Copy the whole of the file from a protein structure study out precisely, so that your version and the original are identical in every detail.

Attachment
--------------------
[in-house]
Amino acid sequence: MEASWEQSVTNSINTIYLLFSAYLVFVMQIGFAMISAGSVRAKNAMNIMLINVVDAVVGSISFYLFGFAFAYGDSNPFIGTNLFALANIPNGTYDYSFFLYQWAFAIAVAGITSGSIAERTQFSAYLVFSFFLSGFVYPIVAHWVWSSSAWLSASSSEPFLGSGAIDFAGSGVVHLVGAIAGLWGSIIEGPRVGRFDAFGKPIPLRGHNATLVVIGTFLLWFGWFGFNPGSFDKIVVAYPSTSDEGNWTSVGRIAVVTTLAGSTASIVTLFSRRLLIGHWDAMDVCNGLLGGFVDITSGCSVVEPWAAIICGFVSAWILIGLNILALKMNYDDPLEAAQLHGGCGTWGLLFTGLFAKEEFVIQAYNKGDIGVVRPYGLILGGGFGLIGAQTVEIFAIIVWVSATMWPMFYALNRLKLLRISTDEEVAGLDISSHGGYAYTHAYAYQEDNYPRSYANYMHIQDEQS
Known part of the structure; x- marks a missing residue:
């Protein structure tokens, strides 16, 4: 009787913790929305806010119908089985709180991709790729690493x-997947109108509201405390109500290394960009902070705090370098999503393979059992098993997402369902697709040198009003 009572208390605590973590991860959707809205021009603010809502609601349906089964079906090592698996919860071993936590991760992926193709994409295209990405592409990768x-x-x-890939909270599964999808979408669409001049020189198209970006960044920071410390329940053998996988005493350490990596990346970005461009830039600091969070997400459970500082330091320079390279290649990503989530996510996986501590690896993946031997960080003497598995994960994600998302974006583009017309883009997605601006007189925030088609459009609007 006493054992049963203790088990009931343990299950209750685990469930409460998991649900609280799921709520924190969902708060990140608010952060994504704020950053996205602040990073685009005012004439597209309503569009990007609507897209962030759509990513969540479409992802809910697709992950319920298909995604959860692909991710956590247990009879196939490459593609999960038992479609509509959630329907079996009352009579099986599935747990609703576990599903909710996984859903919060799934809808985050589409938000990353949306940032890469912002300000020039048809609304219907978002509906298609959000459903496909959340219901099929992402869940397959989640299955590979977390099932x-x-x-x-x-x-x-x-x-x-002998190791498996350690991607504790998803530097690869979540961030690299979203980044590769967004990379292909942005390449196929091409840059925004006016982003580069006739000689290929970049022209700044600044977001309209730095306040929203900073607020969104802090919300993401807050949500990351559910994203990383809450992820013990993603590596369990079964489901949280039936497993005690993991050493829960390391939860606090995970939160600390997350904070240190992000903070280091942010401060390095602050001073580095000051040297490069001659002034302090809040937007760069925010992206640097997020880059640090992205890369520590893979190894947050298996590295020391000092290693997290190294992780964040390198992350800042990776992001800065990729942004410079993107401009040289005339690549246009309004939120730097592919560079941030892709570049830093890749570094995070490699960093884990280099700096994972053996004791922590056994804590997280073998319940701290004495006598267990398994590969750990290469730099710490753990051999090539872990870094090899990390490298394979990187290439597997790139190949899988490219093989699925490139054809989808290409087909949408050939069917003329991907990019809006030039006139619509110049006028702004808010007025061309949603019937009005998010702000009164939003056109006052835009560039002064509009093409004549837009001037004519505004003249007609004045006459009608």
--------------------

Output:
[in-house]
Amino acid sequence: MEASWEQSVTNSINTIYLLFSAYLVFVMQIGFAMISAGSVRAKNAMNIMLINVVDAVVGSISFYLFGFAFAYGDSNPFIGTNLFALANIPNGTYDYSFFLYQWAFAIAVAGITSGSIAERTQFSAYLVFSFFLSGFVYPIVAHWVWSSSAWLSASSSEPFLGSGAIDFAGSGVVHLVGAIAGLWGSIIEGPRVGRFDAFGKPIPLRGHNATLVVIGTFLLWFGWFGFNPGSFDKIVVAYPSTSDEGNWTSVGRIAVVTTLAGSTASIVTLFSRRLLIGHWDAMDVCNGLLGGFVDITSGCSVVEPWAAIICGFVSAWILIGLNILALKMNYDDPLEAAQLHGGCGTWGLLFTGLFAKEEFVIQAYNKGDIGVVRPYGLILGGGFGLIGAQTVEIFAIIVWVSATMWPMFYALNRLKLLRISTDEEVAGLDISSHGGYAYTHAYAYQEDNYPRSYANYMHIQDEQS
Known part of the structure; x- marks a missing residue:
């Protein structure tokens, strides 16, 4: 009787913790929305806010119908089985709180991709790729690493x-997947109108509201405390109500290394960009902070705090370098999503393979059992098993997402369902697709040198009003 009572208390605590973590991860959707809205021009603010809502609601349906089964079906090592698996919860071993936590991760992926193709994409295209990405592409990768x-x-x-890939909270599964999808979408669409001049020189198209970006960044920071410390329940053998996988005493350490990596990346970005461009830039600091969070997400459970500082330091320079390279290649990503989530996510996986501590690896993946031997960080003497598995994960994600998302974006583009017309883009997605601006007189925030088609459009609007 006493054992049963203790088990009931343990299950209750685990469930409460998991649900609280799921709520924190969902708060990140608010952060994504704020950053996205602040990073685009005012004439597209309503569009990007609507897209962030759509990513969540479409992802809910697709992950319920298909995604959860692909991710956590247990009879196939490459593609999960038992479609509509959630329907079996009352009579099986599935747990609703576990599903909710996984859903919060799934809808985050589409938000990353949306940032890469912002300000020039048809609304219907978002509906298609959000459903496909959340219901099929992402869940397959989640299955590979977390099932x-x-x-x-x-x-x-x-x-x-002998190791498996350690991607504790998803530097690869979540961030690299979203980044590769967004990379292909942005390449196929091409840059925004006016982003580069006739000689290929970049022209700044600044977001309209730095306040929203900073607020969104802090919300993401807050949500990351559910994203990383809450992820013990993603590596369990079964489901949280039936497993005690993991050493829960390391939860606090995970939160600390997350904070240190992000903070280091942010401060390095602050001073580095000051040297490069001659002034302090809040937007760069925010992206640097997020880059640090992205890369520590893979190894947050298996590295020391000092290693997290190294992780964040390198992350800042990776992001800065990729942004410079993107401009040289005339690549246009309004939120730097592919560079941030892709570049830093890749570094995070490699960093884990280099700096994972053996004791922590056994804590997280073998319940701290004495006598267990398994590969750990290469730099710490753990051999090539872990870094090899990390490298394979990187290439597997790139190949899988490219093989699925490139054809989808290409087909949408050939069917003329991907990019809006030039006139619509110049006028702004808010007025061309949603019937009005998010702000009164939003056109006052835009560039002064509009093409004549837009001037004519505004003249007609004045006459009608």